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3 July 2024 Modernisation of the Foreign Nationals and Integration Act - effects on residence permits

The forthcoming modernisation of the Foreign Nationals and Integration Act ("FNIA") could have an impact on residence permits for foreign nationals. In view of the planned changes in the area of gainful employment and the granting and expiry of residence and settlement permits, a reassessment is required.

The consultation on the modernisation of the FNIA has already been opened. The current discussion not only provides for minor adjustments, but also significant changes that are intended to take account of developments in the area of migration.

Centre of vital interests when granting a permit

A central point concerns the centre of life, especially when renewing residence permits and also when issuing permits. The discussion about this is based on the current practice of the Federal Supreme Court, which is perceived as a relaxation of the concept of the centre of vital interests. According to this, an examination of the centre of vital interests as a prerequisite for a permit cannot be carried out separately from the conclusively regulated grounds for expiry, namely leaving Switzerland for six months and de-registration abroad. There are calls for the principle of the centre of life to be clearly defined and applied. Although the actual centre of life supply in Switzerland is currently a prerequisite for the granting of a residence permit, this requirement is not explicitly stipulated by law. The planned amendment to the AIG should now explicitly enshrine this requirement.

In future, the centre of vital interests would therefore be of decisive importance when issuing and renewing residence permits. This is determined by the totality of the external circumstances from which the vital interests can be recognised and must be demonstrably located in Switzerland. The transfer of the centre of life abroad would therefore lead to the expiry of the permit in future.

Exceptions to this rule would apply to temporary stays in Switzerland (e.g. for the purpose of training or medical treatment), short-term residence permits, and cross-border commuter permits, as these do not require a centre of vital interests in Switzerland. EU/EFTA nationals based on the Agreement on the Free Movement of Persons ("AFMP") and UK nationals based on the Agreement between the Swiss Confederation and the United Kingdom of Great Britain and Northern Ireland on the rights of citizens following the withdrawal of the United Kingdom from the European Union and the abolition of the Agreement on the Free Movement of Persons would also be exempt.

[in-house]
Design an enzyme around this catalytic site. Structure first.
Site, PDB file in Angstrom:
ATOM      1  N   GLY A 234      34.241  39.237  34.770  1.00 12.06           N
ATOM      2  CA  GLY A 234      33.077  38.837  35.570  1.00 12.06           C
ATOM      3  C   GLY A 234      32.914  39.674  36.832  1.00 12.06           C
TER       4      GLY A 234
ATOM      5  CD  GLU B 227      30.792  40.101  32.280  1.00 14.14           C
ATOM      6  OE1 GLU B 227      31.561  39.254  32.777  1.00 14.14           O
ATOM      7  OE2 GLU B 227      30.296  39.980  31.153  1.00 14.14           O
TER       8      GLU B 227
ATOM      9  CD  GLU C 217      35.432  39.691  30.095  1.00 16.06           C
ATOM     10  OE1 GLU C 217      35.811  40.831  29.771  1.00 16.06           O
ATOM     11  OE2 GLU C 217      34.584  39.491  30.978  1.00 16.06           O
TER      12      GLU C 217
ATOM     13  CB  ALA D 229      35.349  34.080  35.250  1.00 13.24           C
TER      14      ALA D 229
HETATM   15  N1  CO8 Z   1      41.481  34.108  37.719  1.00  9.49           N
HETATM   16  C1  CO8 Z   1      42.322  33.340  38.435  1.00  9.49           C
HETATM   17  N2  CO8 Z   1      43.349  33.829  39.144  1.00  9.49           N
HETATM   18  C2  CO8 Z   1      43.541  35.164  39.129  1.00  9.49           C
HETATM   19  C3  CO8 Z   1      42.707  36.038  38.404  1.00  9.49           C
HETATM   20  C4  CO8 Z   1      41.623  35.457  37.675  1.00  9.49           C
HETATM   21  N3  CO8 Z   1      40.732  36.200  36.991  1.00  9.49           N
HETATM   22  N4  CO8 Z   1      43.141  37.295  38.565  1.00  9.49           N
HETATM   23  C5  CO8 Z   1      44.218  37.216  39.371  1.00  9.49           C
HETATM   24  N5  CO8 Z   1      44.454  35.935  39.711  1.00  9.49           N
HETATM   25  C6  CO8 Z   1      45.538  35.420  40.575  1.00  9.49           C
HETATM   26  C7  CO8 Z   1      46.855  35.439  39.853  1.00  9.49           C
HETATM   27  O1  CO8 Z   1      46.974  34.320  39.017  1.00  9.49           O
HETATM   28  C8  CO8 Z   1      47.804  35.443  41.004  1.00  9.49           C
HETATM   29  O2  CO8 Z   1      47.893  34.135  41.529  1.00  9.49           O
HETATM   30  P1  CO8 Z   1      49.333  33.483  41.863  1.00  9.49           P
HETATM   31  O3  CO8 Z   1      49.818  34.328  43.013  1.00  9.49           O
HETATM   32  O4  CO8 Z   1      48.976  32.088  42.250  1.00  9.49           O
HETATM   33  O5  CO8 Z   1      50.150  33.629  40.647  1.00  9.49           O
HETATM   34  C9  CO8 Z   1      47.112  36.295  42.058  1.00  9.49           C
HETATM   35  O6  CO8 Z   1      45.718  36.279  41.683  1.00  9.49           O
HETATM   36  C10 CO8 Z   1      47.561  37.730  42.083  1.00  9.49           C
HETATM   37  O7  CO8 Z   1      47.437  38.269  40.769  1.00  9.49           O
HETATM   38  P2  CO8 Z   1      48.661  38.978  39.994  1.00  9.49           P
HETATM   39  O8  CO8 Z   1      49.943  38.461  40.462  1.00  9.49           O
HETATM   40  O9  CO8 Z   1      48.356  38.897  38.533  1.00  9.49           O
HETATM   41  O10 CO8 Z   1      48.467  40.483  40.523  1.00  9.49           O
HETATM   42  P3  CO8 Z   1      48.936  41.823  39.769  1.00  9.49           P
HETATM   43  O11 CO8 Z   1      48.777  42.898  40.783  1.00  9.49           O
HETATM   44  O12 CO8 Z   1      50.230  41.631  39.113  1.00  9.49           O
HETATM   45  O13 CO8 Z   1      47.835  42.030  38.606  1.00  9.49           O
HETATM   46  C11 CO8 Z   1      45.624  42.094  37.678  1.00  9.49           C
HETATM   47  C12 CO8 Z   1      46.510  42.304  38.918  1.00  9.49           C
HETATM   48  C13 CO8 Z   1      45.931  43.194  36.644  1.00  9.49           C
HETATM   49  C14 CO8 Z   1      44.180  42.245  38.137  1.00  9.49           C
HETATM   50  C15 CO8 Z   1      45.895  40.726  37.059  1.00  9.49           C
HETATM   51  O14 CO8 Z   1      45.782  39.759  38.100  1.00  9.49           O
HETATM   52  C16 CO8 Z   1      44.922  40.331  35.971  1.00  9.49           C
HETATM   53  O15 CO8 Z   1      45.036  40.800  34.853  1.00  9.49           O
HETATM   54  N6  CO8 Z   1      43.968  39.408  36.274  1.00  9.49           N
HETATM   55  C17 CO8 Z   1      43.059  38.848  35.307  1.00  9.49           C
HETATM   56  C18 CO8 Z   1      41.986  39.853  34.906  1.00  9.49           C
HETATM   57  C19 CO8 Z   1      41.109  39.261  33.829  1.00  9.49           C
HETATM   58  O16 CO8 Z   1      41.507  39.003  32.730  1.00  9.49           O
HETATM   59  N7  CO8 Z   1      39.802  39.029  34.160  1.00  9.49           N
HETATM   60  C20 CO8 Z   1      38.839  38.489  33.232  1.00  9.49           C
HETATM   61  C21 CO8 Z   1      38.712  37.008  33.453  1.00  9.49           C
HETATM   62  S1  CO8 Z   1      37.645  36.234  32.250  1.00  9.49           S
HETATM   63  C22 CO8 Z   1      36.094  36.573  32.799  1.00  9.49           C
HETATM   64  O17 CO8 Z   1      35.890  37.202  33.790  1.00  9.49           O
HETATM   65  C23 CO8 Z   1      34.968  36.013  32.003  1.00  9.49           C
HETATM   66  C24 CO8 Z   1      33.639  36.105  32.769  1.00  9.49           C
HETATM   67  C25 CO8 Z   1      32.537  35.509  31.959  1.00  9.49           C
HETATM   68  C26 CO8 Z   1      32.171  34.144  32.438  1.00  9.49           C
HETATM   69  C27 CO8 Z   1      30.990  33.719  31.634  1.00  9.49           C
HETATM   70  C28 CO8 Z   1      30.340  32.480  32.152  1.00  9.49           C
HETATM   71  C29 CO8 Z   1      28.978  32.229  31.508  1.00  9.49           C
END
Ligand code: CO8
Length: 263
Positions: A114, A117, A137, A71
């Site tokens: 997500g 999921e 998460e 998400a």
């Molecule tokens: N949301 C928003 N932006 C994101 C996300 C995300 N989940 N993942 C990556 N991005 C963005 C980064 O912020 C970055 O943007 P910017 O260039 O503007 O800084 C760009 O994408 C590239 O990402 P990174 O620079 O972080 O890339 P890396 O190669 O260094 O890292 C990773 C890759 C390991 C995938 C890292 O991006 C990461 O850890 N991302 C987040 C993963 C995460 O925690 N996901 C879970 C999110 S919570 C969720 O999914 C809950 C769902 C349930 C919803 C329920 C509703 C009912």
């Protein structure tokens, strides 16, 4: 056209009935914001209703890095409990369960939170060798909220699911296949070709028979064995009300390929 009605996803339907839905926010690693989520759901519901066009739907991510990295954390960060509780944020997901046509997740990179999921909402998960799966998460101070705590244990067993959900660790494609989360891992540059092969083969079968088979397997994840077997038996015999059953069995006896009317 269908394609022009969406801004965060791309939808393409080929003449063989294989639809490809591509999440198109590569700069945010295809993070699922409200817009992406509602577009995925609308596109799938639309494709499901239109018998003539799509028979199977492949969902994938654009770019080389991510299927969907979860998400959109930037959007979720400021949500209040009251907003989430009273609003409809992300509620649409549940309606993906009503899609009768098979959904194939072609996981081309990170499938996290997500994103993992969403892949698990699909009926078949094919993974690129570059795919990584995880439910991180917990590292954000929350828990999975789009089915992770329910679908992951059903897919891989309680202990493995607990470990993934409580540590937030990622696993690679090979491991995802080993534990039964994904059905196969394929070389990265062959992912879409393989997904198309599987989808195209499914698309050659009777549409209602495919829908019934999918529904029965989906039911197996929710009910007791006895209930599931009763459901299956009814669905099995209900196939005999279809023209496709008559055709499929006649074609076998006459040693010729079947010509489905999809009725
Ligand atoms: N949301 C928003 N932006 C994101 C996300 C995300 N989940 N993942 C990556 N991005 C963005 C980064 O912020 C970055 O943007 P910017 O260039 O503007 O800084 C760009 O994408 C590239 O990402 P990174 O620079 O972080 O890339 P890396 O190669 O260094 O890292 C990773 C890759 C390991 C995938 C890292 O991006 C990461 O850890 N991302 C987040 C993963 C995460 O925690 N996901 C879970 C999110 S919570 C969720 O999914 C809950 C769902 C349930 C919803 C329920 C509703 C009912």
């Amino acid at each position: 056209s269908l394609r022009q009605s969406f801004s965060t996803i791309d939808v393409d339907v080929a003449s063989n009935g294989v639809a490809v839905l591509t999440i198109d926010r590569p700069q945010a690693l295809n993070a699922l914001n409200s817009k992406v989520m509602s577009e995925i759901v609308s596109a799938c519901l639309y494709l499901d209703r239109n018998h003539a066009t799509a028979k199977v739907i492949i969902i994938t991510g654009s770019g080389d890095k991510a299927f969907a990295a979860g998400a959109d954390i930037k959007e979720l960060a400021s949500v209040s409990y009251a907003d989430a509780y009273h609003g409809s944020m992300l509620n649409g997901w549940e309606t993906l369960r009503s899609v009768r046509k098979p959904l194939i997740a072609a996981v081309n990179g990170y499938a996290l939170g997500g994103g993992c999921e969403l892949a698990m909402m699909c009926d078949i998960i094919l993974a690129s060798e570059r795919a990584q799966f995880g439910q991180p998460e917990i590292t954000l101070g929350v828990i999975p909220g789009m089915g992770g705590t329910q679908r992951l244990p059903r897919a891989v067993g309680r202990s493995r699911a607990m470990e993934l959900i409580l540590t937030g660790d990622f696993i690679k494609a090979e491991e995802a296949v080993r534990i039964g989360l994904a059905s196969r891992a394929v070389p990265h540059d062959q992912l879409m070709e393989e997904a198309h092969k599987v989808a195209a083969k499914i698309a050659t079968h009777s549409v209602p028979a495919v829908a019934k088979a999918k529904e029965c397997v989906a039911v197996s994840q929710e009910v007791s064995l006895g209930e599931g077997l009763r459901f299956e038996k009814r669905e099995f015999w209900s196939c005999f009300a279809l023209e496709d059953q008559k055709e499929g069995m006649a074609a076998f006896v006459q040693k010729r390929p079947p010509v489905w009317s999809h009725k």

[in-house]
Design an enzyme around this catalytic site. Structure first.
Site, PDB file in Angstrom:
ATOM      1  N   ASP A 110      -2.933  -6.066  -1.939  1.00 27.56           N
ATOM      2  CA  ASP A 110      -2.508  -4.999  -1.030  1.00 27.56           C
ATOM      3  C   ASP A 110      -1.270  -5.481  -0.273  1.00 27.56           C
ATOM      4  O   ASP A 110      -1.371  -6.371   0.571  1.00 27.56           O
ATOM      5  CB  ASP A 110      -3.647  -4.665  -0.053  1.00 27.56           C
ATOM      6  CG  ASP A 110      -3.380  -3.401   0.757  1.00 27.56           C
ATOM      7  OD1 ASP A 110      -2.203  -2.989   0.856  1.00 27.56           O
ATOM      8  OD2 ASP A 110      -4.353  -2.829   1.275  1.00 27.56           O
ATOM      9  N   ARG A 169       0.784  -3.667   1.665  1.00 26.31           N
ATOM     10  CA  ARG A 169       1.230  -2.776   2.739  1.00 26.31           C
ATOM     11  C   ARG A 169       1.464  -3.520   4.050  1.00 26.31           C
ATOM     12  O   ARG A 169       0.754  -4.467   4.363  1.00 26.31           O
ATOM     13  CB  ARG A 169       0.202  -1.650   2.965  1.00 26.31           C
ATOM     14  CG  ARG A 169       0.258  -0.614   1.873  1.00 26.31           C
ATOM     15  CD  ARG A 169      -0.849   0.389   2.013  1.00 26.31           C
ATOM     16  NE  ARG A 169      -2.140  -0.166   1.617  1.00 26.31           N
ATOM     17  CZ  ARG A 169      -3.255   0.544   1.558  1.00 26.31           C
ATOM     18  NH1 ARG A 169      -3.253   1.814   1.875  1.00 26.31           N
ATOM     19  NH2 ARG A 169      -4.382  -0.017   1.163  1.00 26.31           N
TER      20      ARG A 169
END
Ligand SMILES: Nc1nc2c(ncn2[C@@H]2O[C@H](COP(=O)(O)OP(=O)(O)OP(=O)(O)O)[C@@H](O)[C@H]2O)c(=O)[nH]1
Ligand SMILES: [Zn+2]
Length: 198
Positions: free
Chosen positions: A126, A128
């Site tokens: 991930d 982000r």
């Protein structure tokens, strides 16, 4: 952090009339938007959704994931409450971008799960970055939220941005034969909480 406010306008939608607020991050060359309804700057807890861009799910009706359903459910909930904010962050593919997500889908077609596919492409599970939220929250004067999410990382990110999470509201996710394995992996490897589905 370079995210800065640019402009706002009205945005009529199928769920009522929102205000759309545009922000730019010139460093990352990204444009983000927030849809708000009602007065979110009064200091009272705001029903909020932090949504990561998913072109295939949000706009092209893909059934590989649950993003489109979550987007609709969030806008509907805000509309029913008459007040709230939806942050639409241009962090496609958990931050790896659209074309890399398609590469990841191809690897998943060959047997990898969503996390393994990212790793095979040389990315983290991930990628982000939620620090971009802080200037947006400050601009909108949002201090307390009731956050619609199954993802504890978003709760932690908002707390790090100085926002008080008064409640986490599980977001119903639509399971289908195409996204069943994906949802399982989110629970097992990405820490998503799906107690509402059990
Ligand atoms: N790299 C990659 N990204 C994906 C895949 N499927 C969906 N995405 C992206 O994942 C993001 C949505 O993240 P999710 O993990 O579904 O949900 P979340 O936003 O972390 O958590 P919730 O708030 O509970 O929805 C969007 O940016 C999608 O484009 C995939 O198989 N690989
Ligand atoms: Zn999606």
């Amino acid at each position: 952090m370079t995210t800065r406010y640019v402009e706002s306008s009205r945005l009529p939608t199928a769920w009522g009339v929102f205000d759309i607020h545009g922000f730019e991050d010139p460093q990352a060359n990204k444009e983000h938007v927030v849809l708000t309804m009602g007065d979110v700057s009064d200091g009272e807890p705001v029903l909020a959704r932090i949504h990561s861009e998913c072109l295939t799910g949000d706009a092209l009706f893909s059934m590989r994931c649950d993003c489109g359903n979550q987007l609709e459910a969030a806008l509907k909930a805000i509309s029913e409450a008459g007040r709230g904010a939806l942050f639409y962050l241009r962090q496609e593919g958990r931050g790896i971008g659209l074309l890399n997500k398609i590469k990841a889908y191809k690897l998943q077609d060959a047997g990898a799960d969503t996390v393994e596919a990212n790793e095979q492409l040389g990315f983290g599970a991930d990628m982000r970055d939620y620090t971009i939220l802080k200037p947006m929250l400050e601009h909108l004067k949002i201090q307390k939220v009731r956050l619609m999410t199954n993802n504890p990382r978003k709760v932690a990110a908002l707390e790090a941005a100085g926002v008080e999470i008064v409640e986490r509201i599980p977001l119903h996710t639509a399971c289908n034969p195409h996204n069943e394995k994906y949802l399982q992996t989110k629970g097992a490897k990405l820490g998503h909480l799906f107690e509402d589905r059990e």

Switch to self-employment

Another important aspect concerns the change to self-employment. Until now, Switzerland has imposed strict requirements on licences for self-employment. In particular, the requirements regarding the overall economic interest to be fulfilled and the necessary financial and operational prerequisites are classified as high.

Comparable criteria for granting licences are also applied in other European countries; however, in contrast to Switzerland, numerous countries provide for the possibility of simplified licences. The aim is therefore to abolish the authorisation requirement for changing from an employed to a self-employed occupation. This would grant holders of a residence permit full professional mobility from the outset. In addition, the possibility should be created of linking a residence permit to the condition that no change of gainful employment may take place for a certain period of time.

Here too, EU/EFTA nationals and UK nationals are excluded from the proposed changes.

The abolition of the authorisation requirement aims to reduce administrative hurdles and uncertainties in connection with the overall economic interest and to strengthen the promotion of innovation in Switzerland. The aim is to improve economic integration opportunities for the individuals concerned and to improve the long-term prospects for qualified skilled workers to remain in Switzerland.

The forthcoming modernisation of the FNIA thus offers an opportunity to adapt the authorisation policy to current needs and to strengthen long-term integration into the Swiss labour market and Switzerland's competitiveness.

For further information on this or other immigration law topics, please contact our immigration team at any time our immigration services - VISCHER.

Authors: Urs Haegi and Jenny Schwab